Bionic Woman: Against All Odds

Bionic Woman: Against All Odds

She lost her baby, her limbs and nearly lost her life, but one young woman never lost her faith.
Imagine losing your child and all four of your limbs, in one night.  One woman had to face this reality head on. 
Shannon Smith was six months pregnant with her second child when something went wrong.
"I wasn't feeling that well that morning.  So, I went to the hospital and was told that I would have to have an emergency C-section," Shannon Smith told Ivanhoe.
During the C-section, she developed sepsis and a condition that caused blood clots, loss of circulation, and organ failure.
"I developed clots all throughout my body, which stopped the circulation to my limbs," Smith said.
She slipped into a coma. Three weeks later, she woke up to learn she'd lost her baby and her limbs would need to be amputated. 
"I remember thinking, how did this happen?" Smith said.
Seventeen surgeries and eleven months later, Smith became one of the first people to get four nerve activated prosthetics that all work together to keep her going. 
"There's basically a computer in that knee that is monitoring every step she takes," Christopher Berger, CPO, Clinical Director, East Coast Orthotic & Prosthetic Corp., told Ivanhoe.
The hi-tech limbs have given her a new lease on life and a new nickname, the "Bionic Woman."

"I have seen her go from being in a wheelchair pretty much full time, to being able to put her limbs on, to being able to walk," Berger said.

Smith enjoys the independence her limbs have given her.
My son, my family, and God, that's what keeps me going," Smith said.
Today, the "Bionic Woman" is adjusting to her new normal life and looking forward to taking her next steps towards independence.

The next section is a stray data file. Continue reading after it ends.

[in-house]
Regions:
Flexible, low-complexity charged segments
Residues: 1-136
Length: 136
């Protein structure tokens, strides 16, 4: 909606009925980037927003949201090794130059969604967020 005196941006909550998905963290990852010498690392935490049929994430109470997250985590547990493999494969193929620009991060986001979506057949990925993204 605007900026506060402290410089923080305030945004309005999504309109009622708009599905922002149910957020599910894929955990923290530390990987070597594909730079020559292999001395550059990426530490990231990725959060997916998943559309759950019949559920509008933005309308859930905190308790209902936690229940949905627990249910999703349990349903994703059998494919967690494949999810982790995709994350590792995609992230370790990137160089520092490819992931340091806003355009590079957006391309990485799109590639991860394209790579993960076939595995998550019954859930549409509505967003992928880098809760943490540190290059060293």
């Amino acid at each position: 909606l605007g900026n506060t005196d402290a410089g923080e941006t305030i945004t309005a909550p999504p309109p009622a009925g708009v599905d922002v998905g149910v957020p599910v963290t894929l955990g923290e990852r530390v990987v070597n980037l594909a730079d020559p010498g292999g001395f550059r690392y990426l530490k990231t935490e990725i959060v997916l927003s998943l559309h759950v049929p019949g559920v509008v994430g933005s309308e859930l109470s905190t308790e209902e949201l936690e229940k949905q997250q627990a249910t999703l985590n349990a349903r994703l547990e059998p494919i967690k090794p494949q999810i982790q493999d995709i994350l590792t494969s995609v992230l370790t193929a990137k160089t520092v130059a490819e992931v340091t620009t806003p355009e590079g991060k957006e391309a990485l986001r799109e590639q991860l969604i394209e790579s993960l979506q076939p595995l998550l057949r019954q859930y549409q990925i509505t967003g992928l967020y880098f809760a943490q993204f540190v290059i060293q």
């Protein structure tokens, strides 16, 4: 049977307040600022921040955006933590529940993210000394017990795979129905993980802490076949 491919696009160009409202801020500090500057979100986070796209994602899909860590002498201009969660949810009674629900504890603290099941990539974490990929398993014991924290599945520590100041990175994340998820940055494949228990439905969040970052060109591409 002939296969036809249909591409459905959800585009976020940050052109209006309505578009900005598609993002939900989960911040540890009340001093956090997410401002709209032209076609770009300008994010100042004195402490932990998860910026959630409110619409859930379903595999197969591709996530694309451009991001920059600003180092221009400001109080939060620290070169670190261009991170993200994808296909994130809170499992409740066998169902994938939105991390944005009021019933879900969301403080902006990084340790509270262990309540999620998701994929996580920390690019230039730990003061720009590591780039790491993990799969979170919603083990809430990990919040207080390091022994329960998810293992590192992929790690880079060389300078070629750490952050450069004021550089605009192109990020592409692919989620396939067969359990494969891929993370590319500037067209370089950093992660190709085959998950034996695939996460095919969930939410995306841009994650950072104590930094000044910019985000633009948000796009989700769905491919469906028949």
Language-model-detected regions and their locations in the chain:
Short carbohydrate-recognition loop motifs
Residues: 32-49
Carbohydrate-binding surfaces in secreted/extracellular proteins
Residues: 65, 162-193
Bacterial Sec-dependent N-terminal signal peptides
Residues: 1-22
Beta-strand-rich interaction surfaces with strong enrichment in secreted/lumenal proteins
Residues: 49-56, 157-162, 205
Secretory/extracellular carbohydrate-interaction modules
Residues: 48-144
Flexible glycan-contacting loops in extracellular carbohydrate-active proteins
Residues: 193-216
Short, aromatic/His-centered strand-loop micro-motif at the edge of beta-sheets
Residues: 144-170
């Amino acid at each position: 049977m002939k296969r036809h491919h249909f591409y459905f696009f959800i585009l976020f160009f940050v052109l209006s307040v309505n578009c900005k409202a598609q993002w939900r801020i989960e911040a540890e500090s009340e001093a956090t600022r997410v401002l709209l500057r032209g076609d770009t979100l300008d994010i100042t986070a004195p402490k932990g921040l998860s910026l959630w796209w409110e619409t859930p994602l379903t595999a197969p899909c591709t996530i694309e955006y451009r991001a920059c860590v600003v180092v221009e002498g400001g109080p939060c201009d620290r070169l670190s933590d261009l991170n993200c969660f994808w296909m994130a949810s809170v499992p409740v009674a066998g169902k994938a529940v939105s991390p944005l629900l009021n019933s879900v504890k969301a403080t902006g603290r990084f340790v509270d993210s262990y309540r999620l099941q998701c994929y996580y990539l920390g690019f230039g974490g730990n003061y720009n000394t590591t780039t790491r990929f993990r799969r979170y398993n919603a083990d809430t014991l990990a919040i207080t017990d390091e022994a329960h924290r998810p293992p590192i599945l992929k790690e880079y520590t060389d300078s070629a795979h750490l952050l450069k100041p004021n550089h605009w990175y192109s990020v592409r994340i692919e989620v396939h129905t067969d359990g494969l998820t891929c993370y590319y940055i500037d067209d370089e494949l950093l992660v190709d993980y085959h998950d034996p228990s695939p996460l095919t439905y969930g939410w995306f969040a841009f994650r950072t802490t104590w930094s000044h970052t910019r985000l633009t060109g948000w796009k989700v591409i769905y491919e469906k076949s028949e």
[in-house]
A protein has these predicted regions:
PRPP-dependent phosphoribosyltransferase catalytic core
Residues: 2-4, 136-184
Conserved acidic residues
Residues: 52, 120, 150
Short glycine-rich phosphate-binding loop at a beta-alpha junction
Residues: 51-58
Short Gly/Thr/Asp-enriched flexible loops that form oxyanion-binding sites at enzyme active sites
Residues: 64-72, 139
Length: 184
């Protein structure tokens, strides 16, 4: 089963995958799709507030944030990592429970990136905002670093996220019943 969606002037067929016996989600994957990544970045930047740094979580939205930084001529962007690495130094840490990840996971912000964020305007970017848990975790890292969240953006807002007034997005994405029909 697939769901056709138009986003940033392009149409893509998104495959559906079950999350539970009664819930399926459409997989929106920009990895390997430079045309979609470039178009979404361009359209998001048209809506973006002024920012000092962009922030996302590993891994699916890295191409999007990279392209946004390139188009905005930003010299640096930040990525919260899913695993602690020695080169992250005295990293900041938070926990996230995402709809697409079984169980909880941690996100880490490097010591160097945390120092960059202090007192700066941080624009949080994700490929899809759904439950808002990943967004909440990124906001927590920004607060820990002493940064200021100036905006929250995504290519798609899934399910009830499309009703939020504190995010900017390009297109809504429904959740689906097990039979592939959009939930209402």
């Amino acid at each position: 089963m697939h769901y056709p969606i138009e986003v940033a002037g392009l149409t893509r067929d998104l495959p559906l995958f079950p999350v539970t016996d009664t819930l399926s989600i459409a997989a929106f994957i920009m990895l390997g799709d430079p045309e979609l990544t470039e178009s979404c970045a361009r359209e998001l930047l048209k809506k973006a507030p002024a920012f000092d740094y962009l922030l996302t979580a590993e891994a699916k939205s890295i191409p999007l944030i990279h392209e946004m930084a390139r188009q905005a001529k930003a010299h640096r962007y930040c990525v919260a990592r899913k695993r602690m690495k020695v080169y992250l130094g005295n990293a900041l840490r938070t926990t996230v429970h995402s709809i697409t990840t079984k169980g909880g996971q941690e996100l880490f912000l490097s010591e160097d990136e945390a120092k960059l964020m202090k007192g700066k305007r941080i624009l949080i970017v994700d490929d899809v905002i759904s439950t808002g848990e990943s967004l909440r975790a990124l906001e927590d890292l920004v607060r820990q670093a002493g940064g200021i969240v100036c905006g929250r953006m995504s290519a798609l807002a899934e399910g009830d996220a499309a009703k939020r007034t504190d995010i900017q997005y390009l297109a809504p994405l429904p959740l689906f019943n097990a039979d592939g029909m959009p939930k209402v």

The microprocessor in Smith's knee understands her needs based on ground reaction forces.

**If you would like to donate money to Shannon's medical fund, go to her website at:

BACKGROUND:  Shannon Smith was admitted to the hospital with pneumonia.  During her emergency C-section, she slipped into a coma that lasted for three weeks.  When she finally woke up, she discovered that she had contracted septic shock and disseminated intravascular coagulation, which led to blood clots, loss of circulation, and kidney and liver failure.  In order to keep her alive, doctors were forced to amputate significant portions of both of her arms and legs. (Source:
SEPTIC SHOCK:  Septic Shock, also called Sepsis, is an extreme immune system response to an infection that has spread throughout the blood and tissues.  Severe sepsis often causes extremely low blood pressure.  Symptoms can include fever or low body temperature, rapid breathing, chills and shaking, rapid heartbeat, decreased urine output, and confusion or delirium.  It is most often the result of a bacterial infection, but it can also be caused by other types of infection.  Sepsis can happen to anybody, but it is most often found in older adults, infants, and people with compromised immune systems.  Sepsis is treated with fluids, antibiotics, and medicines to control blood pressure and prevent organ damage.  (Source:
DISSEMINATED INTRAVASCULAR COAGULATION (DIC):  DIC is a rare, life-threatening condition that prevents a person's blood from clotting normally.  It may cause excessive clotting (thrombosis) or bleeding (hemorrhage) throughout the body and can lead to shock, organ failure, and death.  When the body's natural ability to regulate blood clotting does not function correctly, the platelets (the blood's clotting cells) clump together and clog small blood vessels throughout the body.  DIC can be triggered by a health problem that sets the clotting in motion, like types of bacterial infections, severe trauma, some cancers, complications during pregnancy, and some types of snakebites.  The severity of bleeding can range from small red dots and bruises under the skin to heavy bleeding from surgical wounds or body openings, like the mouth, nose, rectum, or vagina.  Symptoms of organ damage caused by excessive blood clotting may include shortness of breath from lung damage, low urine output from kidney damage, or stroke from damage to the brain.  (Source:

For More Information, Contact:
Christopher Berger, CPO
Clinical Director
East Coast Orthotic & Prosthetic Corp.
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